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Artificial intelligence can never take into account the moral and ethical component while considering a court case


This was stated by the Chairman of the HCJ Hryhorii Usyk at a roundtable discussion dedicated to presentation of Opinion No. 26 (2023) of the Consultative Council of European Judges “Moving forward: the use of assistive technologies in judiciary”, organized by the Council of Europe Project “Support to the functioning of justice in the war and post-war context in Ukraine” jointly with the Supreme Court.

The Opinion highlights the potential benefits of using technology in the judiciary, as well as the challenges and risks to the independence of the judiciary. The scope of the Opinion is limited to the use of specific forms of modern technology, including the use of artificial intelligence to assist justice that may be used by the judicial bodies.

Participants of the event, representing the judiciary, legislative and executive authorities, academics and the public, discussed the challenges related to the digitalisation of the judiciary in Ukraine and compliance in this context with the Council of Europe's standards in the field of justice.

Chairman of the HCJ Hryhorii Usyk noted that the advisory opinion will be of assistance in the process of reforming and bringing the national judicial system closer to European standards with regard to the use of digital technologies.

Such technologies should be a tool for improving, first of all, administration, efficiency of the judiciary, including access to justice for citizens, ensuring a transparent and open trial, and this, of course, also concerns improving the quality of the court decisions.

Drawing attention to the challenges related to the use of artificial intelligence in the context of motivating court decisions, Hryhorii Usyk said:

“It is possible to quickly and efficiently find answers to questions about the application of substantive and procedural law, but artificial intelligence can never take into account the specifics of moral and ethical components in a court case. The introduction of artificial intelligence into the work of a judge should be gradual.”

The Chairman of the HCJ noted that such reservations were also expressed by judges of the European Network of Councils for the Judiciary.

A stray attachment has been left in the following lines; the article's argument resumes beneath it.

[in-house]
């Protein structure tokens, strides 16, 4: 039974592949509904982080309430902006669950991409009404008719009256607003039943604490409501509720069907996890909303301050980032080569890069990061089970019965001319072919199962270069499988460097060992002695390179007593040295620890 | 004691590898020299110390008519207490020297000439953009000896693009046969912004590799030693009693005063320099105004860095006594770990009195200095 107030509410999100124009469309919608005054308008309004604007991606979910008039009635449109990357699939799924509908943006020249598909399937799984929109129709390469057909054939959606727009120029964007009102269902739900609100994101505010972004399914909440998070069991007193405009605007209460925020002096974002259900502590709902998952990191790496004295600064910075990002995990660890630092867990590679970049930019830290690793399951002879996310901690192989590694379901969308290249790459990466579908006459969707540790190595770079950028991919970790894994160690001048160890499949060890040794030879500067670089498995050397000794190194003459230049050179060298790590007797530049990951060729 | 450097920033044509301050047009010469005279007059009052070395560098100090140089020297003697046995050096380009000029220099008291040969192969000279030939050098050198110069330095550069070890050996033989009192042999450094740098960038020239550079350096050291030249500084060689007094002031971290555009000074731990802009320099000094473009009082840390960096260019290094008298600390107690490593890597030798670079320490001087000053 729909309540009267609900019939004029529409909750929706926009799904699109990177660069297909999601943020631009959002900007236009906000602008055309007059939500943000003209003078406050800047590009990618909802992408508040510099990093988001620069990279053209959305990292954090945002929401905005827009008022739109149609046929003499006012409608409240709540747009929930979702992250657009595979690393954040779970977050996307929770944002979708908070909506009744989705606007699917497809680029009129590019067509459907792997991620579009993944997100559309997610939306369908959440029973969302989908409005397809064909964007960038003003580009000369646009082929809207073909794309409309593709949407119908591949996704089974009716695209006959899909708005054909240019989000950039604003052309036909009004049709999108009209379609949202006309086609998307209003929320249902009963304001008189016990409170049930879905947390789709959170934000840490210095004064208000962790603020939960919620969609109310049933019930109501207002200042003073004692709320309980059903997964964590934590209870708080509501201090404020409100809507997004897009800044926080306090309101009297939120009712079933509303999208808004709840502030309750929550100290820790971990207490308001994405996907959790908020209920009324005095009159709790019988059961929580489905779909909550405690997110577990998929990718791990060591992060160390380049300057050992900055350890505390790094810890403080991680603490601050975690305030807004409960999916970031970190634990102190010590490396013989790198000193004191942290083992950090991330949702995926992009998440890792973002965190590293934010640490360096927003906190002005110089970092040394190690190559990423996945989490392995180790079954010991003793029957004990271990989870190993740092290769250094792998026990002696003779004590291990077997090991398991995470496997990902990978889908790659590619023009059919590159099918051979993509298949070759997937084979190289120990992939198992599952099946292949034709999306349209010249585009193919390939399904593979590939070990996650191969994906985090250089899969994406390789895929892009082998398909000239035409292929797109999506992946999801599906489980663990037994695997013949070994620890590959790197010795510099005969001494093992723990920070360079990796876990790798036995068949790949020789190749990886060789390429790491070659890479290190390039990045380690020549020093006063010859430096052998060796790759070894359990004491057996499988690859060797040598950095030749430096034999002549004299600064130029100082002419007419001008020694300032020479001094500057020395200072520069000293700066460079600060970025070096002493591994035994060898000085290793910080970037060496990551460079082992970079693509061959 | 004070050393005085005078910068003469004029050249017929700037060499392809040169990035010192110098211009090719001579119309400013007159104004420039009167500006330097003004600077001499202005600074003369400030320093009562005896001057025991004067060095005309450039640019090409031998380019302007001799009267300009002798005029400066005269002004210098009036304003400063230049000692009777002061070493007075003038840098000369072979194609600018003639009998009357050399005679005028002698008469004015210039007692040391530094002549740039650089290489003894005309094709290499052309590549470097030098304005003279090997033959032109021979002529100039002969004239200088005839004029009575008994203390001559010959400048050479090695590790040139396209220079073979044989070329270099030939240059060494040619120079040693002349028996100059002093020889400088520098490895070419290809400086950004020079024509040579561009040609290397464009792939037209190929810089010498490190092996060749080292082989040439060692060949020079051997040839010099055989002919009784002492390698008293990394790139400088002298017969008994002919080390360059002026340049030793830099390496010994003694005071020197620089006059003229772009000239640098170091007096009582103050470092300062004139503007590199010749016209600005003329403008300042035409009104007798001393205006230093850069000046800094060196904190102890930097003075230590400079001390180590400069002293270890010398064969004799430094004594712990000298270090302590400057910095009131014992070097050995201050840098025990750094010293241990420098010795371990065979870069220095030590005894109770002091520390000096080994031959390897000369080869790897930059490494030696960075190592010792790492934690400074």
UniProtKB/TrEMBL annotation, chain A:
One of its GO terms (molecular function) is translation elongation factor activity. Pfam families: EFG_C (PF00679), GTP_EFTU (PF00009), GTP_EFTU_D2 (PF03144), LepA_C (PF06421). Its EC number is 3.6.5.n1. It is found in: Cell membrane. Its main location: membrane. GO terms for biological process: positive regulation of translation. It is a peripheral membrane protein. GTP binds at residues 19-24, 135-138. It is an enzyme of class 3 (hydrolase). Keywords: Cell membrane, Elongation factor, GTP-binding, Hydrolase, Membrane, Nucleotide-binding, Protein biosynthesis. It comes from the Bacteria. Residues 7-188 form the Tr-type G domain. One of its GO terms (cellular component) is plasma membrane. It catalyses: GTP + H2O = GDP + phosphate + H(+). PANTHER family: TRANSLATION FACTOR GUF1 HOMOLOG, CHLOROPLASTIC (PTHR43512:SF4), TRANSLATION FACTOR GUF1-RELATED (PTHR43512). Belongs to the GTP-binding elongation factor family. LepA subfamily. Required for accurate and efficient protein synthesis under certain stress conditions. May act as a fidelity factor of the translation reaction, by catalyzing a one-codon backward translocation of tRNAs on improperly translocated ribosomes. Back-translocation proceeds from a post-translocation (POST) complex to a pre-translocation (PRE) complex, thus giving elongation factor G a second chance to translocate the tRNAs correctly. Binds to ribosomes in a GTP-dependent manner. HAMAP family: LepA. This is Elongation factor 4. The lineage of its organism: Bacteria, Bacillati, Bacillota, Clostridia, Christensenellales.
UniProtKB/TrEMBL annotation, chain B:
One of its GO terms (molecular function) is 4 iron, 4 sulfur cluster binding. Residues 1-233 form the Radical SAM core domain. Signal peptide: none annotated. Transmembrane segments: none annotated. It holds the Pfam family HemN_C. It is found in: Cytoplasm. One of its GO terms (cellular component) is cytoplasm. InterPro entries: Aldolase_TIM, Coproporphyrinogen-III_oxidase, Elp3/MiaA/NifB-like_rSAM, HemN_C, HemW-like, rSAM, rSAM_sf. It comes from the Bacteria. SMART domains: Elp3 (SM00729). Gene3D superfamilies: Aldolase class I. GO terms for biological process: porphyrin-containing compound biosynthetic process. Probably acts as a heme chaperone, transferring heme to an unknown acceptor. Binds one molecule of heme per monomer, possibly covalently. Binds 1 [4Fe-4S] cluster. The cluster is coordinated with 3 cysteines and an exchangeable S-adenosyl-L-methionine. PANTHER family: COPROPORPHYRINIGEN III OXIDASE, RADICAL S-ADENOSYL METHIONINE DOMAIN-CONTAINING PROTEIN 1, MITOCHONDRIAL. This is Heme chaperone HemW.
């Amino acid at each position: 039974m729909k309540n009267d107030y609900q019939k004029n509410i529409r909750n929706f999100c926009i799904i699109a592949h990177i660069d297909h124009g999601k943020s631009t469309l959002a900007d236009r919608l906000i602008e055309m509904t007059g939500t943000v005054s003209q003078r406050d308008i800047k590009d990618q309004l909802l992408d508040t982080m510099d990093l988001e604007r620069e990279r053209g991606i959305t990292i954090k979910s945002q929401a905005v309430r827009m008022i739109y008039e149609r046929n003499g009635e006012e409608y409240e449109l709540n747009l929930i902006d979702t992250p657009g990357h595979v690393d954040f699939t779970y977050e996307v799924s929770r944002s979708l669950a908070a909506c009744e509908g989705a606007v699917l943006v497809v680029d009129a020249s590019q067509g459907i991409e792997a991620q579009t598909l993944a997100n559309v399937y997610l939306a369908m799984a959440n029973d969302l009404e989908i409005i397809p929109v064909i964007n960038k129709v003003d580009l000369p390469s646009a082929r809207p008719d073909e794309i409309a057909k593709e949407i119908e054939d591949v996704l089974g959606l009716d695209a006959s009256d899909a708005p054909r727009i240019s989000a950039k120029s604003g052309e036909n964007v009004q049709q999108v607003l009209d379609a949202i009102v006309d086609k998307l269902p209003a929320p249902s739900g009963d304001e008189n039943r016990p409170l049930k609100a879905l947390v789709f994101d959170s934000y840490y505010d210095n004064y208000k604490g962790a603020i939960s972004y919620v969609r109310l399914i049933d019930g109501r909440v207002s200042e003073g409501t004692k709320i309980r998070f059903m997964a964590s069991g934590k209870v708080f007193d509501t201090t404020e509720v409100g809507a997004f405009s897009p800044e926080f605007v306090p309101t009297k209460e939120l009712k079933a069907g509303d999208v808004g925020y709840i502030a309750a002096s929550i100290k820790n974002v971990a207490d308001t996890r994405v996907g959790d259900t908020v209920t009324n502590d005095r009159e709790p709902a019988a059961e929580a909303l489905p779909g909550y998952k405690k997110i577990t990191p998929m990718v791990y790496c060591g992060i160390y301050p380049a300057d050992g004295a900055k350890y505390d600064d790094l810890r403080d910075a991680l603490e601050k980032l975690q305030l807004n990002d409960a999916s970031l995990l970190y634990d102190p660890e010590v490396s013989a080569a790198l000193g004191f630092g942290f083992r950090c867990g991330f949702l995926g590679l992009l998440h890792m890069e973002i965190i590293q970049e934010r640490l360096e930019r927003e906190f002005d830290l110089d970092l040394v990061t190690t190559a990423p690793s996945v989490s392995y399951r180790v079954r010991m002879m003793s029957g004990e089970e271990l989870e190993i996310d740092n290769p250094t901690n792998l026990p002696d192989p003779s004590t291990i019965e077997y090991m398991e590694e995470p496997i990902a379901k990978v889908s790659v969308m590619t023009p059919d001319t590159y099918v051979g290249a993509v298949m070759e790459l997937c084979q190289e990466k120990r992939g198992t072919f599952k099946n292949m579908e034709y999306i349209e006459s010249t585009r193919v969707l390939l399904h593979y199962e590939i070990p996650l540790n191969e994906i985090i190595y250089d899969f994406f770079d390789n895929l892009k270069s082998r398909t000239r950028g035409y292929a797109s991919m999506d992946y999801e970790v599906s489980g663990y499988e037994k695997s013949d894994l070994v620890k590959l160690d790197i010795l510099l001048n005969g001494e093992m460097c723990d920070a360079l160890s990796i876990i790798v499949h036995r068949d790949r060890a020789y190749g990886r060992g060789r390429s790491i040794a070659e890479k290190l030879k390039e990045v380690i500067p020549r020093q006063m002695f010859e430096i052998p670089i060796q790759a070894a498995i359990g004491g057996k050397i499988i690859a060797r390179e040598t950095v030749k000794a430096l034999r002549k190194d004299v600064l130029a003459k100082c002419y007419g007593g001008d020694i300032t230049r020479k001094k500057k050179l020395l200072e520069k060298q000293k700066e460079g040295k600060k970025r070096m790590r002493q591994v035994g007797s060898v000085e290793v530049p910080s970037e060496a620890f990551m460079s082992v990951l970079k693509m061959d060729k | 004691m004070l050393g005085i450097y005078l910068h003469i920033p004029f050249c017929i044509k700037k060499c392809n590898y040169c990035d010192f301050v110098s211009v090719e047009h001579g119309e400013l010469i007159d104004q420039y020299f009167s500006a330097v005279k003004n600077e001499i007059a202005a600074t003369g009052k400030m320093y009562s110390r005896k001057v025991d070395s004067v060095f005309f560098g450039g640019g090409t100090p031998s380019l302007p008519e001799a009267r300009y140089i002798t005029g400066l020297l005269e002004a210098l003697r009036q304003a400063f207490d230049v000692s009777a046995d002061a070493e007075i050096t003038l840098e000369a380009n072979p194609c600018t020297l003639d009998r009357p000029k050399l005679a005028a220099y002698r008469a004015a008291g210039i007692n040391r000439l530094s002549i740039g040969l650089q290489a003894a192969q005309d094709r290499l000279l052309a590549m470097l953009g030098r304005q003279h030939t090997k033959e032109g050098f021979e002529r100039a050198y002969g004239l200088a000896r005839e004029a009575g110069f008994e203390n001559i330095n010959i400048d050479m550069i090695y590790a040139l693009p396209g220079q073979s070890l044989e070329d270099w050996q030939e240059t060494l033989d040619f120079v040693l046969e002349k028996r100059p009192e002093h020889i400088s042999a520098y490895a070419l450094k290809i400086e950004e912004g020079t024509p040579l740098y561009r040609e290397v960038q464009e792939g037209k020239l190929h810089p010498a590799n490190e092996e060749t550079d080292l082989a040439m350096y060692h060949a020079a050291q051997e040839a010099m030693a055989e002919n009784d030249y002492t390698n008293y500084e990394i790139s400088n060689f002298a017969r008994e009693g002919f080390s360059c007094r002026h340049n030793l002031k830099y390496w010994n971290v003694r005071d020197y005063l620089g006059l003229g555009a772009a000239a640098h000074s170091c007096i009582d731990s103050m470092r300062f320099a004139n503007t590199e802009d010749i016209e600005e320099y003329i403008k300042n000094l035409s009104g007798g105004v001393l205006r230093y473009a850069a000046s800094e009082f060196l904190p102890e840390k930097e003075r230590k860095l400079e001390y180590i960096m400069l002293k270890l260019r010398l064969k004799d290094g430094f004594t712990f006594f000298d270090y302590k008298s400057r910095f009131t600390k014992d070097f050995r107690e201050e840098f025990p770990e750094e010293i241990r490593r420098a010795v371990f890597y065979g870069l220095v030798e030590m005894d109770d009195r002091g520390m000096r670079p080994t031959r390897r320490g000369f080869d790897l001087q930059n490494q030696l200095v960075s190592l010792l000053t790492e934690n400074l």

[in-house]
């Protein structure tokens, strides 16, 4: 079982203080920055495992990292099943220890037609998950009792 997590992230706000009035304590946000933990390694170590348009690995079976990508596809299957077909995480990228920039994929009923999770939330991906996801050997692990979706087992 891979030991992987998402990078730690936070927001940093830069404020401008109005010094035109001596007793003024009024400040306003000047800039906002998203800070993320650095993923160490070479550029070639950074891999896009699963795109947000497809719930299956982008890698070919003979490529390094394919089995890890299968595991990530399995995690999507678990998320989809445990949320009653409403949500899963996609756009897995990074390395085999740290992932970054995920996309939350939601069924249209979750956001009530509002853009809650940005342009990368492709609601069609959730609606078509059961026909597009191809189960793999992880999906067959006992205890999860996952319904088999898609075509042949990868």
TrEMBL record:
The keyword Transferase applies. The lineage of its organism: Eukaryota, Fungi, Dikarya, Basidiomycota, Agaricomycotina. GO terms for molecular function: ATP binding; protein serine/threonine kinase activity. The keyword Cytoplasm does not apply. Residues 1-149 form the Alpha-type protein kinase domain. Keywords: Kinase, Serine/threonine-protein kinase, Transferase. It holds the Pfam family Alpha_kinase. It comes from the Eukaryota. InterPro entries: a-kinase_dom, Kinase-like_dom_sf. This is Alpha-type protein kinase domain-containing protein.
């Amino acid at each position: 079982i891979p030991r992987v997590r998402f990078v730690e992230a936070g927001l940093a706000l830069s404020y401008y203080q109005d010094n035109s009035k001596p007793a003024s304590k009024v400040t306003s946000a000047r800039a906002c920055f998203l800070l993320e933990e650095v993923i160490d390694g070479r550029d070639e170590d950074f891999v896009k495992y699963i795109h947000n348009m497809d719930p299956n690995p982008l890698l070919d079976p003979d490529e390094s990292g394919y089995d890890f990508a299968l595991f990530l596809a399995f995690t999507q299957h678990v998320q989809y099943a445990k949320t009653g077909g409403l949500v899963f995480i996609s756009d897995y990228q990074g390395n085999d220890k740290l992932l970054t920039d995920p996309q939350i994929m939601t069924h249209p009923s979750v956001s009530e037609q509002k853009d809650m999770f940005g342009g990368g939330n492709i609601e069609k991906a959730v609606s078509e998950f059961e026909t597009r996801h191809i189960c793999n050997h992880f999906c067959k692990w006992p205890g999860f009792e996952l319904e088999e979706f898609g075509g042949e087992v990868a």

Hryhorii Usyk said that during his participation as an observer in the General Assembly of the European Network of Councils for the Judiciary, he noted that the use of information technology in Ukrainian judiciary is sometimes wider than in some leading European countries, and this is positive. In particular, not all countries have an analogue of the Unified State Register of Court Decisions, and the automatic distribution of court cases among judges is not always used in other countries. In Ukraine, the introduction of such systems was prompted by the demand of society and international partners to ensure openness and transparency of the courts.

Hryhorii Usyk noted that one of the requirements of the European Commission as a part of the negotiation process on Ukraine’s accession to the EU, one of the stages is the correct implementation of the work of the Unified Judicial Information and Telecommunication System, on which both the judiciary and the legislator are working together, recognizing the challenges that have arisen before the judiciary.

Chairman of the Verkhovna Rada of Ukraine Committee on Legal Policy Denys Maslov emphasized that no country in the world could appreciate the importance of the functioning of E-Justice, digitalization of processes, like Ukraine, since these technologies became widely used as a result of the Covid-19 pandemic, and then became urgent because of war. After all, justice in our country did not stop during martial law.

He noted that the legislator continued work on the implementation of the latest technologies in the judiciary, in particular, the introduction of electronic cabinets. This should be the most useful, efficient system, both for consumers of judicial services and for judges and court staff.

Regarding the use of artificial intelligence in the judiciary, Denys Maslov said: “No artificial intelligence can replace a judge. Artificial intelligence can improve and make the work of a judge more convenient, but no one can replace humans.”

The Head of the Council of Europe Office in Ukraine, Mr Maciej Janczak, assured of the Council of Europe’s readiness to actively work with partners in Ukraine and provide support in the context of strengthening justice during the war and in the post-war period, as he hopes will come very soon.

He noted that, on the one hand, the use of modern technologies strengthens judiciary, on the other hand, it can lead to a number of challenges for justice, such as the risk to the independence of the judiciary and the preservation of the integrity of personal data and evidence, full court control over information used in court hearings, awareness of access to these technologies. In this regard, systematic training, in particular for judges, prosecutors, and lawyers, is extremely important. The Council of Europe is ready to share the best experience in the use of technology so that Ukraine can avoid the mistakes that were once made by EU member states.

For reference. The round table was attended by judges of the Constitutional Court of Ukraine, Supreme Court, local courts and courts of appeal, members of the High Qualification Commission of Judges of Ukraine, Council of Judges of Ukraine, representatives of the Secretariat of the High council of Justice, National School of Judges of Ukraine, State Judicial Administration of Ukraine, representatives of the Verkhovna Rada Committee on Legal Policy, Ministry of Justice of Ukraine, Consultative Council of European Judges, public organizations.